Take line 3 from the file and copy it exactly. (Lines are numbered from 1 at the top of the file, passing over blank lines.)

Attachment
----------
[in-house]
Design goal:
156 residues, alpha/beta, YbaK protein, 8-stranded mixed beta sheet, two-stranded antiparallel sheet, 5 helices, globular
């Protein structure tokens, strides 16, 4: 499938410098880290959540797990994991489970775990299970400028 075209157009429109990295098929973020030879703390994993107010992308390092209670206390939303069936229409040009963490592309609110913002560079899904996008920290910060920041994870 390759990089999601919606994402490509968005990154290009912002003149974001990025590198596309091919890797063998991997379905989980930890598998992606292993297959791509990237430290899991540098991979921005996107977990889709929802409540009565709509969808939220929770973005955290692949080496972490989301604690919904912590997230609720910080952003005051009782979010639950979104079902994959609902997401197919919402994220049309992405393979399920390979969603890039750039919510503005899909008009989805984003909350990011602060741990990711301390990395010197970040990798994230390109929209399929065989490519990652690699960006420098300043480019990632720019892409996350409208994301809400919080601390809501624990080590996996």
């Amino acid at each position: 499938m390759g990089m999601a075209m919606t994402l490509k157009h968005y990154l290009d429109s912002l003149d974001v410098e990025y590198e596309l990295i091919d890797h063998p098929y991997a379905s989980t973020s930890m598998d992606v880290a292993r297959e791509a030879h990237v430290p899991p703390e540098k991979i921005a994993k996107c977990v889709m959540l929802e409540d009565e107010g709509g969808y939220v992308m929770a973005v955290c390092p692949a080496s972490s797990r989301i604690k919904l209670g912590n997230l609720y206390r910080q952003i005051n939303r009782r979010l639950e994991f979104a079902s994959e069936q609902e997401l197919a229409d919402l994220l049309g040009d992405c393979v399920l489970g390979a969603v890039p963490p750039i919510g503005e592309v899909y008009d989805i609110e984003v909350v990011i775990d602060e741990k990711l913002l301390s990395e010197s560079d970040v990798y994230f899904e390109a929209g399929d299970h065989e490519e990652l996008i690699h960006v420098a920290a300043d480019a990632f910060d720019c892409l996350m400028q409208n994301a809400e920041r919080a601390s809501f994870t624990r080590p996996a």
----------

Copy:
156 residues, alpha/beta, YbaK protein, 8-stranded mixed beta sheet, two-stranded antiparallel sheet, 5 helices, globular